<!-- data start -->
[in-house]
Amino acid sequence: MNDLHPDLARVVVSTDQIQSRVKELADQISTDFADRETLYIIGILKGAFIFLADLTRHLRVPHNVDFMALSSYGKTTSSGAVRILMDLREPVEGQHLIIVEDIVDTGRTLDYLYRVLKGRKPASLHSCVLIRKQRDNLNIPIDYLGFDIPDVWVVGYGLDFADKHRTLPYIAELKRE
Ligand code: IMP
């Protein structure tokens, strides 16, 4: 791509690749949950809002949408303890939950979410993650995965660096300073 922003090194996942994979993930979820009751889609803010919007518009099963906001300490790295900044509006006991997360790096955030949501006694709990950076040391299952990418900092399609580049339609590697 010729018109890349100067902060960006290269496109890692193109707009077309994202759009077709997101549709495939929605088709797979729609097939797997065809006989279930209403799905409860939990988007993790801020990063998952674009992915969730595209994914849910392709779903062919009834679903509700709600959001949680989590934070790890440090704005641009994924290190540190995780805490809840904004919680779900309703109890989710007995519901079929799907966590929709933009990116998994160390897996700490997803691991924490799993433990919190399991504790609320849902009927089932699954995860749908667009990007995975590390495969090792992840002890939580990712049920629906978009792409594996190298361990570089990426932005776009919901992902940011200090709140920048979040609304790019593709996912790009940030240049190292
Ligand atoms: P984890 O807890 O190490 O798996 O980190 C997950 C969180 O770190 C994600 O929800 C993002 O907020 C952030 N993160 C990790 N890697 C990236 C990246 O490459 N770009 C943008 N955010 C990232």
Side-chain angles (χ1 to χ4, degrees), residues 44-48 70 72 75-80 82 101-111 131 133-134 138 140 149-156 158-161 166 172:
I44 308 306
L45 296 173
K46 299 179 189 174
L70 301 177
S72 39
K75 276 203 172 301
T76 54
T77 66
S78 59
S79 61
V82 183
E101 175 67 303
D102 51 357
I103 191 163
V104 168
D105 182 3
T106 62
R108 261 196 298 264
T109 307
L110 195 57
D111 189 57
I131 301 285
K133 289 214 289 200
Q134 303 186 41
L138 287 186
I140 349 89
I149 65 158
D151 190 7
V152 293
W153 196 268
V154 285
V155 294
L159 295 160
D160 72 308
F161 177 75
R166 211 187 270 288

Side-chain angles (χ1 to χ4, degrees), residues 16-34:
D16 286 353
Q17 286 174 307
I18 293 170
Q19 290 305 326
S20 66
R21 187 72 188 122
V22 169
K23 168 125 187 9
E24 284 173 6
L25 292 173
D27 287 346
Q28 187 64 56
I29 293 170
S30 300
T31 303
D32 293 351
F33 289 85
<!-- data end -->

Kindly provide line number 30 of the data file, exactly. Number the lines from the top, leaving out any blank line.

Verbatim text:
Q134 303 186 41